San Francisco Limits Vacation Rentals to 60 Days


SAN FRANCISCO (CN) – The San Francisco Board of Supervisors on Tuesday approved stricter limits on short-term rentals, a move likely to impact the bottom line of home-sharing firms like Airbnb.

The ordinance, passed on a 6-2 vote, would restrict short-term rentals to 60 days per year, shaving a third off the previous limit of 90 days.

The decision comes just after Airbnb pledged to work with the city “to help enforce sensible rules” on short-term rentals, an abrupt about-face after the company lost its legal challenge against another San Francisco law restricting home rentals.

Airbnb’s global head of policy and public affairs Chris Lehane wrote in a San Francisco Chronicle opinion piece this past Sunday that the company would share the contact information and addresses of its hosts, along with the number of nights guests book each property, to ensure compliance with the city’s short-term rental laws.

Last week, the company lost its legal challenge of a San Francisco ordinance that bars it and other firms from collecting fees for renting properties not registered with the city. That ordinance imposes a $1,000 fine per day for each unregistered booking and opens Airbnb and other sites up to misdemeanor charges for disobeying the law.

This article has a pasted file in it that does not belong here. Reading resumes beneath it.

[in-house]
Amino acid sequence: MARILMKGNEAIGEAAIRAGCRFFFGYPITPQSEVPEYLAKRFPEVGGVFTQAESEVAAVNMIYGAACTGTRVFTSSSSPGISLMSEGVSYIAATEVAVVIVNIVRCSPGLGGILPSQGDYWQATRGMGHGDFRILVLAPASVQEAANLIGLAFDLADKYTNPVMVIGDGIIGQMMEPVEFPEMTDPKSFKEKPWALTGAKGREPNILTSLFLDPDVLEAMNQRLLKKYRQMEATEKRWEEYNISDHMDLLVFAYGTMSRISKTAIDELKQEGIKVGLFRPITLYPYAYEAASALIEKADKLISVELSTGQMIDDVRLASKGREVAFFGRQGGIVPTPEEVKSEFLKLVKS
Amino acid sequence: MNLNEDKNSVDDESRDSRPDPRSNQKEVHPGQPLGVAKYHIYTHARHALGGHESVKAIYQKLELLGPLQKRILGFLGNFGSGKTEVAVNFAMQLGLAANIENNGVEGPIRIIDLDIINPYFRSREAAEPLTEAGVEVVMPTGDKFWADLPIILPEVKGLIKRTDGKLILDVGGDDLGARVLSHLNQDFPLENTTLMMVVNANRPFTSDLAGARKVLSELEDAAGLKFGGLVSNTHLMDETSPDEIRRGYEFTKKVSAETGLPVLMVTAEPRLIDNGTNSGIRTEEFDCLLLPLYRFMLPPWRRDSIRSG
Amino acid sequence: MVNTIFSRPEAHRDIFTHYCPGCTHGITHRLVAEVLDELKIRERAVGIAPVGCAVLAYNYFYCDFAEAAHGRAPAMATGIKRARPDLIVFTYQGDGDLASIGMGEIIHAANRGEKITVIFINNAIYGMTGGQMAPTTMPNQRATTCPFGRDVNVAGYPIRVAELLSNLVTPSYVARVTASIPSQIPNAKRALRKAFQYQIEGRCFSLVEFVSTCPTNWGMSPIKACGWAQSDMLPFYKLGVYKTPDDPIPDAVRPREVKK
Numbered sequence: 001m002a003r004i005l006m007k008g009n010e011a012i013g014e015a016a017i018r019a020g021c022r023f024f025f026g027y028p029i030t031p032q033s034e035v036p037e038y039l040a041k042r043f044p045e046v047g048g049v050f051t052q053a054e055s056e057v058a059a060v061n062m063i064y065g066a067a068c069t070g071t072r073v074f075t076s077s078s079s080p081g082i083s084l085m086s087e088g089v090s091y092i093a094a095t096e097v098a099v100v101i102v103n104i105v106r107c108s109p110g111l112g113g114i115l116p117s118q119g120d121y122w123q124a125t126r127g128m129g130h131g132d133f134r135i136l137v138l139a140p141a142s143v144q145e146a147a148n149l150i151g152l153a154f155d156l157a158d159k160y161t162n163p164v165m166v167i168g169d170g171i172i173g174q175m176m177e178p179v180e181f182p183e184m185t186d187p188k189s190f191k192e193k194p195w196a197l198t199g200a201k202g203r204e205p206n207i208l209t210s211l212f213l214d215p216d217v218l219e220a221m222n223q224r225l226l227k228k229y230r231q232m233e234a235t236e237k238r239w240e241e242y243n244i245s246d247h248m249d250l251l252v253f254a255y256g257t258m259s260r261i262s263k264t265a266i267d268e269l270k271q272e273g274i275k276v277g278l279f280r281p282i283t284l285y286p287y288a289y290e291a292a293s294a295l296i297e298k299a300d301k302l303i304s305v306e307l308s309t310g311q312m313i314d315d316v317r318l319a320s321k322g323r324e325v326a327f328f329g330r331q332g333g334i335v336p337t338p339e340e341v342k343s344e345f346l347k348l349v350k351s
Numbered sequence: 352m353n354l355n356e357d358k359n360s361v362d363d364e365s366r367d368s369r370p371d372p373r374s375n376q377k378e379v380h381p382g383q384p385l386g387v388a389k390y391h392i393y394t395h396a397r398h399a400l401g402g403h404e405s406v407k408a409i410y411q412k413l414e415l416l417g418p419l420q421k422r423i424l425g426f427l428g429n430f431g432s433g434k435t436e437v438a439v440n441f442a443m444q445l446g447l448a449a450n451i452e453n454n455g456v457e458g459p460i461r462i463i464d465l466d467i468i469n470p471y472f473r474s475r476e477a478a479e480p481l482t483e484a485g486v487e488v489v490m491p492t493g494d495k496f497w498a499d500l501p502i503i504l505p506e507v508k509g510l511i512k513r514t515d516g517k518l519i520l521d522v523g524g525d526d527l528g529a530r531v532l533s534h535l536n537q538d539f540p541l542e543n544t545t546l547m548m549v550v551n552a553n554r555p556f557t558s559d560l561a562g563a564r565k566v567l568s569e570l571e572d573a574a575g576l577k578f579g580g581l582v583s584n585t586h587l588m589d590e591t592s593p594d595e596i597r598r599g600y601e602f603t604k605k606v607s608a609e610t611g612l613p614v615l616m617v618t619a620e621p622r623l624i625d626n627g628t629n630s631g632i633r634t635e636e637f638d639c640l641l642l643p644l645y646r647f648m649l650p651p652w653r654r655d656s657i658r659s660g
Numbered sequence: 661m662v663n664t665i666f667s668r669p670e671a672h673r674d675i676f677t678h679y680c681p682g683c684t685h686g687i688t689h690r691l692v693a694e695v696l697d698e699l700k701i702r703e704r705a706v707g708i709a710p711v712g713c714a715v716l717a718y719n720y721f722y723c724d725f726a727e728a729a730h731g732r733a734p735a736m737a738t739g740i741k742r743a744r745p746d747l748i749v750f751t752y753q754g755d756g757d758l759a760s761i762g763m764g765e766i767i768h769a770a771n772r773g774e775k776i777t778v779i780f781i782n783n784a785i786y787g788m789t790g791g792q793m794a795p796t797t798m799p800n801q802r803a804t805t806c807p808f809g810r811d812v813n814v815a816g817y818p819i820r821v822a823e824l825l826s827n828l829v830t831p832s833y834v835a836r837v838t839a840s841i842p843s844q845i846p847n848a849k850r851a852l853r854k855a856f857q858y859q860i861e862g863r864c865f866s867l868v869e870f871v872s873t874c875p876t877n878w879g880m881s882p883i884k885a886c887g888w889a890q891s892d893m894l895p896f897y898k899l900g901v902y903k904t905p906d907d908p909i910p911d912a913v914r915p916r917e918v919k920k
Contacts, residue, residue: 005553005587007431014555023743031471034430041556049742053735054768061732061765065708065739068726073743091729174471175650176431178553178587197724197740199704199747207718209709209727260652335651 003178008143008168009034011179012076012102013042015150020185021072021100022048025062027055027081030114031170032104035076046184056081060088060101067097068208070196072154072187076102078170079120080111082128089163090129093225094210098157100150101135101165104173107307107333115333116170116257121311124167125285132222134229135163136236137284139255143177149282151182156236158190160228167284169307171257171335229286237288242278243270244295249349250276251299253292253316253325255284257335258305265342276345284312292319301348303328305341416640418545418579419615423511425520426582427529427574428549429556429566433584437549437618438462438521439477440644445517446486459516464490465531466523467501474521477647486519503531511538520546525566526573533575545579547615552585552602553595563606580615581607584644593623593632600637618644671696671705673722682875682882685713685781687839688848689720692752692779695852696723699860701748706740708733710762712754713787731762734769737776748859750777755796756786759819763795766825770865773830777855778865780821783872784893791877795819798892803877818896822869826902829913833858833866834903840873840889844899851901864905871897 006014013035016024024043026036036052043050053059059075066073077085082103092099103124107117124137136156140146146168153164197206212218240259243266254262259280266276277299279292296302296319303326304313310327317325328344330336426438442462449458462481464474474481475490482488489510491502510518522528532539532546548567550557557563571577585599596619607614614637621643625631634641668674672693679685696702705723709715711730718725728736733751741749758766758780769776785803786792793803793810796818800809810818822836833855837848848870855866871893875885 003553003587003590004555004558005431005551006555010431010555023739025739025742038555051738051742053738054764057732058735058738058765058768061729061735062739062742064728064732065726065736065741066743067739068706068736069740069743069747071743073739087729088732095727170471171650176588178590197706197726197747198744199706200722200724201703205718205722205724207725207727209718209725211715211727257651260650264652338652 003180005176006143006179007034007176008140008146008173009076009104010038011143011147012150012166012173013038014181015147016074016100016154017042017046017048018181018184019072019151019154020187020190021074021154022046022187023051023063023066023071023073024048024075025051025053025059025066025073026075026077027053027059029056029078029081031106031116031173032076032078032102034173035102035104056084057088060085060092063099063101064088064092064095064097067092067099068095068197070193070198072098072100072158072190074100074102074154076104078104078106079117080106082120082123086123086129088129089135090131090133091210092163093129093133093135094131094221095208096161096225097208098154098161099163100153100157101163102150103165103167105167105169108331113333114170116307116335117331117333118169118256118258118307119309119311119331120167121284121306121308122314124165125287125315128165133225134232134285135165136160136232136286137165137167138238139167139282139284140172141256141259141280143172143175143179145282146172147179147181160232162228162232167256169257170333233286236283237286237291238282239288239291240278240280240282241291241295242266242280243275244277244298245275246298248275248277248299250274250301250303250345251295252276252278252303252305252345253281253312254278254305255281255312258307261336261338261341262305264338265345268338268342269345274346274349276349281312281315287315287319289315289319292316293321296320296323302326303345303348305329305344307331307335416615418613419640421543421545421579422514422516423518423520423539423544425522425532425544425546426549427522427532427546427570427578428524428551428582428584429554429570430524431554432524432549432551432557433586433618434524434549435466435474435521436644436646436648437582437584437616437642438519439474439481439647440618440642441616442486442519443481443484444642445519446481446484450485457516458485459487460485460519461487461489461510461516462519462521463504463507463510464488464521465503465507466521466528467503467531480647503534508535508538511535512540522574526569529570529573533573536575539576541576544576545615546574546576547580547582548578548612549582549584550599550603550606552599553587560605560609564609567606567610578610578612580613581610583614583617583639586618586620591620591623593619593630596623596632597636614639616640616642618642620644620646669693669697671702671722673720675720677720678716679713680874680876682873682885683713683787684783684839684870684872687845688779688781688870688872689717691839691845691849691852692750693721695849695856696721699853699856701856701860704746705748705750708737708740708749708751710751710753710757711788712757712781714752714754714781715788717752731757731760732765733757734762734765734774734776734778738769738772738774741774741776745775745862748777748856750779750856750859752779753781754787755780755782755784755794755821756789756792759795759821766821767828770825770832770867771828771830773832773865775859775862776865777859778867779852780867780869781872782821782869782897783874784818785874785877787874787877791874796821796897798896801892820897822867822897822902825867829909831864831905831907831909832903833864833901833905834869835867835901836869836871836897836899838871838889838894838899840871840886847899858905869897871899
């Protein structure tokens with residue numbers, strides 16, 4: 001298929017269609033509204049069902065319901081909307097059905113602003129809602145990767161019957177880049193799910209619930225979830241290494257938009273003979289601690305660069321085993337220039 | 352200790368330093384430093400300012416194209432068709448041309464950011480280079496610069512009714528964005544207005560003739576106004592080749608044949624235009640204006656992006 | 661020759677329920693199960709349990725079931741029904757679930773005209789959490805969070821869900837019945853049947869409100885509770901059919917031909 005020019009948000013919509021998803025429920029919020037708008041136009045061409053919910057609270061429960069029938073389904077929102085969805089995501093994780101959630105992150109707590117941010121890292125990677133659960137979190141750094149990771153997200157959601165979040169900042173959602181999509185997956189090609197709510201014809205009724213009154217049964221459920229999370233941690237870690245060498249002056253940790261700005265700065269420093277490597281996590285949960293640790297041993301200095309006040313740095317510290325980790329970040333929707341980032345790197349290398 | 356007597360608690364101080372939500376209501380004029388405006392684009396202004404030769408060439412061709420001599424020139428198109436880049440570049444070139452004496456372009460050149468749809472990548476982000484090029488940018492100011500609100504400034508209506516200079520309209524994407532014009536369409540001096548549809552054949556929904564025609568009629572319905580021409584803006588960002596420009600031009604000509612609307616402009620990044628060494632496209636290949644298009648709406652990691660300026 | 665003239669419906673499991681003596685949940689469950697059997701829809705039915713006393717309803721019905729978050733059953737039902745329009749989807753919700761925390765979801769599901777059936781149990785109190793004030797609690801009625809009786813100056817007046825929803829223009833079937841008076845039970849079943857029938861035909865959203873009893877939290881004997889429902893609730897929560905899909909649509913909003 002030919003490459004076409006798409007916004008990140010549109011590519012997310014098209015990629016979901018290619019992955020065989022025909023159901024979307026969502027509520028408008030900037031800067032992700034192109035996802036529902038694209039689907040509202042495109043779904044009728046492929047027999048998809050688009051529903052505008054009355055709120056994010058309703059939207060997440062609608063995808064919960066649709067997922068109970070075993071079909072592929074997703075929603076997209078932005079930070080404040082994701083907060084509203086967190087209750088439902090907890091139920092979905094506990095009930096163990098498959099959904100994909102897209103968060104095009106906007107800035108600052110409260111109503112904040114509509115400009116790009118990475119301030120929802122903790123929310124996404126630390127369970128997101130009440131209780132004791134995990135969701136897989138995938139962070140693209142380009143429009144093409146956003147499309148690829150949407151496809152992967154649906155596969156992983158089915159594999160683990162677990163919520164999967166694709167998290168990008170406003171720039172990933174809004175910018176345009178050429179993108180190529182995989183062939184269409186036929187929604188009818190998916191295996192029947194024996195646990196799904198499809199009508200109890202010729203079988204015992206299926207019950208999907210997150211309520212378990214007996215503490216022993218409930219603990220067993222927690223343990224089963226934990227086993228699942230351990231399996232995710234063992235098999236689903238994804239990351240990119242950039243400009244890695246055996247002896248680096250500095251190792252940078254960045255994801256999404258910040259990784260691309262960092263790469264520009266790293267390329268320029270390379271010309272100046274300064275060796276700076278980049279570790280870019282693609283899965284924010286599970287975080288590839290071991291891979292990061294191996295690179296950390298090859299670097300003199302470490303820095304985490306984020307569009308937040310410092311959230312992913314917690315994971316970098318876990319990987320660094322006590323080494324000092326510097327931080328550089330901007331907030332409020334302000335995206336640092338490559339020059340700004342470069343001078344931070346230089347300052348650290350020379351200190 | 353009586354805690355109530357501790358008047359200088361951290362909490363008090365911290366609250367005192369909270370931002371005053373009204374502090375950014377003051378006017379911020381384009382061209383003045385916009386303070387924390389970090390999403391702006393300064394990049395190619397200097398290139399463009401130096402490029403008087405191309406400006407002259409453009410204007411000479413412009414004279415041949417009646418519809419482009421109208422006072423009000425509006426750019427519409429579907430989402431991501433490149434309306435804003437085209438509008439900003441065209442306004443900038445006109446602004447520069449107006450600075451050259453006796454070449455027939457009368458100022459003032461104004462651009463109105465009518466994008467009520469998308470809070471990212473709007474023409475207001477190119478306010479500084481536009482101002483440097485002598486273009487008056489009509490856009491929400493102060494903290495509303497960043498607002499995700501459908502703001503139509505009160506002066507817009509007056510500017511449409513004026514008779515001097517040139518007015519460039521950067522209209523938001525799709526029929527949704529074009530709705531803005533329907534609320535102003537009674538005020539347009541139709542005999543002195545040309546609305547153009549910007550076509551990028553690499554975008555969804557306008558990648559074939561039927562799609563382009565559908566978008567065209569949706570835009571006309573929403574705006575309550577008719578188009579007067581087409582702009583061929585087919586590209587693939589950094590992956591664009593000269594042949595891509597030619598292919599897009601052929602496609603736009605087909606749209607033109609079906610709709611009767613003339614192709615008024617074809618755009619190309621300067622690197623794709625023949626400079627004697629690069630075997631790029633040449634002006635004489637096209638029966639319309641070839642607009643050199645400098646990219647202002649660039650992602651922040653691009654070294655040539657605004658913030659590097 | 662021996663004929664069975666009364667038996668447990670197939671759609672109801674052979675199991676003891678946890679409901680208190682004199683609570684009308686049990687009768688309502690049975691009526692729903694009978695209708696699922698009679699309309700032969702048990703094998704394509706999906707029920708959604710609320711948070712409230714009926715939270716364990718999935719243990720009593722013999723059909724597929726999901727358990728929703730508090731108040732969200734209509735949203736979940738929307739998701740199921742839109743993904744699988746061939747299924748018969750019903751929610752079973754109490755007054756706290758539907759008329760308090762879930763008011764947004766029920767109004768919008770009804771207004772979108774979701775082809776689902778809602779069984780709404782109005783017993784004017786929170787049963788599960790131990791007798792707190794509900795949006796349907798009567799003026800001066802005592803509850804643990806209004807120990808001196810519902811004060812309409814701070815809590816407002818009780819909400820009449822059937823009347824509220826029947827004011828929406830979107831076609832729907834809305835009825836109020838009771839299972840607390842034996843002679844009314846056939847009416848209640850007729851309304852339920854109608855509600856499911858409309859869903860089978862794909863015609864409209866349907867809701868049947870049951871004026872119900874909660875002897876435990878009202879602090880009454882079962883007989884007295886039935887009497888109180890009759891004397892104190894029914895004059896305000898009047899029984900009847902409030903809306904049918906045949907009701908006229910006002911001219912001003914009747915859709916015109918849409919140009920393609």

U.S. District Judge James Donato refused to grant Airbnb’s request for an injunction to block the ordinance, finding San Francisco could hold the company and other firms liable for collecting fees and booking rentals at properties not registered with the city.

The new ordinance limiting rentals to 60 days in San Francisco does not go as far as another law Airbnb challenged in New York last month. The New York law limits short-term housing rentals to 30 days and authorizes fines of up to $7,500 for violators.

San Francisco supervisors London Breed, John Avalos, David Campos, Aaron Peskin, Jane Kim and Eric Mar voted in favor of the new 60-day rental limits on Tuesday. Supervisors Malia Cohen and Katy Tang voted against it.

Supervisors Scott Weiner and Norman Yee were absent, and Supervisor Mark Farrell abstained due to his interest in a company involved in short-term rentals.

Before it comes law, the ordinance must be approved by San Francisco Mayor Ed Lee, who could veto.

Lee’s office, along with supervisors Breed, Cohen and Tang, did not immediately return phone calls and emails seeking comment Wednesday afternoon.

An email seeking comment from Airbnb was not immediately returned on Wednesday.

Airbnb, a $30 billion company based in San Francisco, has challenged similar restrictions enacted by local governments in California, including Santa Monica and Anaheim.

Exit mobile version